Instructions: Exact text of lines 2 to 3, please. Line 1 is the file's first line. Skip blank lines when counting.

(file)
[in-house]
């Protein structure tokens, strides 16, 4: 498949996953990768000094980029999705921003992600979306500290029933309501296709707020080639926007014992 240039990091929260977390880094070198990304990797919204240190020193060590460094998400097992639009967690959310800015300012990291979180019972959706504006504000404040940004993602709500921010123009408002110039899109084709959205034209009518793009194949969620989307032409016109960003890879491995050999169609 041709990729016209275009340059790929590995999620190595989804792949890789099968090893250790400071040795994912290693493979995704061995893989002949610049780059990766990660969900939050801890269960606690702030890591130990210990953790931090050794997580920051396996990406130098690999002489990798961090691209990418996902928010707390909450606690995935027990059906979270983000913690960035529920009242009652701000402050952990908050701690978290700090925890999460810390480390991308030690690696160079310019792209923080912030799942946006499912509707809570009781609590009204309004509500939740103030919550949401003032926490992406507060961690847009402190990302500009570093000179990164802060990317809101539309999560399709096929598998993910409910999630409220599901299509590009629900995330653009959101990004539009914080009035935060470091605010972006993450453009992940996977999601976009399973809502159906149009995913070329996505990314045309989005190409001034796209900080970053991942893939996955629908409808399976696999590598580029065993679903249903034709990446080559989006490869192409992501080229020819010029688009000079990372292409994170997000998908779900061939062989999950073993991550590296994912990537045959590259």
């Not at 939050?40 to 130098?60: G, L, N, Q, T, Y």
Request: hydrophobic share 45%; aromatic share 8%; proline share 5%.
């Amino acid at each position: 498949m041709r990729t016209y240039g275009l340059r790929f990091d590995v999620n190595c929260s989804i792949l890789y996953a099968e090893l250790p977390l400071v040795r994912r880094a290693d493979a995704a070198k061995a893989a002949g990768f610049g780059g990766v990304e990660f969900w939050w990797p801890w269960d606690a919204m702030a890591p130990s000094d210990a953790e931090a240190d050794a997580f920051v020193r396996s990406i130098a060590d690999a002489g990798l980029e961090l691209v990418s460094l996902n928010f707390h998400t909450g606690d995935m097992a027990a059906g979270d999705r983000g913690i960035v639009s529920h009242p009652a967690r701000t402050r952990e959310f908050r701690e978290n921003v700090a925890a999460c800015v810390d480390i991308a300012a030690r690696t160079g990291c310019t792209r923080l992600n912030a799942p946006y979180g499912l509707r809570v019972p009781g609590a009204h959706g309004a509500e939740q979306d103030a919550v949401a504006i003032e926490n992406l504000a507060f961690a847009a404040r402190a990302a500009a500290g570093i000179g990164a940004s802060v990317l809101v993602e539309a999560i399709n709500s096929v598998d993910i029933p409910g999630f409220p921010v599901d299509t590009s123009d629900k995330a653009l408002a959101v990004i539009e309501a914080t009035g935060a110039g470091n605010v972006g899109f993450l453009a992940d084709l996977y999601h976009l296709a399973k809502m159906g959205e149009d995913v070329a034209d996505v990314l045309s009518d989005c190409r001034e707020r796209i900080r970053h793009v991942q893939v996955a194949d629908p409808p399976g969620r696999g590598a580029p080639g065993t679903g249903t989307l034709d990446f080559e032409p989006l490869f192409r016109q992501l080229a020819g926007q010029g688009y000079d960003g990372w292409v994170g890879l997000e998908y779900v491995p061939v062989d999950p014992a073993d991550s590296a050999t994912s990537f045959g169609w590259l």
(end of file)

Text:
């Protein structure tokens, strides 16, 4: 498949996953990768000094980029999705921003992600979306500290029933309501296709707020080639926007014992 240039990091929260977390880094070198990304990797919204240190020193060590460094998400097992639009967690959310800015300012990291979180019972959706504006504000404040940004993602709500921010123009408002110039899109084709959205034209009518793009194949969620989307032409016109960003890879491995050999169609 041709990729016209275009340059790929590995999620190595989804792949890789099968090893250790400071040795994912290693493979995704061995893989002949610049780059990766990660969900939050801890269960606690702030890591130990210990953790931090050794997580920051396996990406130098690999002489990798961090691209990418996902928010707390909450606690995935027990059906979270983000913690960035529920009242009652701000402050952990908050701690978290700090925890999460810390480390991308030690690696160079310019792209923080912030799942946006499912509707809570009781609590009204309004509500939740103030919550949401003032926490992406507060961690847009402190990302500009570093000179990164802060990317809101539309999560399709096929598998993910409910999630409220599901299509590009629900995330653009959101990004539009914080009035935060470091605010972006993450453009992940996977999601976009399973809502159906149009995913070329996505990314045309989005190409001034796209900080970053991942893939996955629908409808399976696999590598580029065993679903249903034709990446080559989006490869192409992501080229020819010029688009000079990372292409994170997000998908779900061939062989999950073993991550590296994912990537045959590259």
């Not at 939050?40 to 130098?60: G, L, N, Q, T, Y």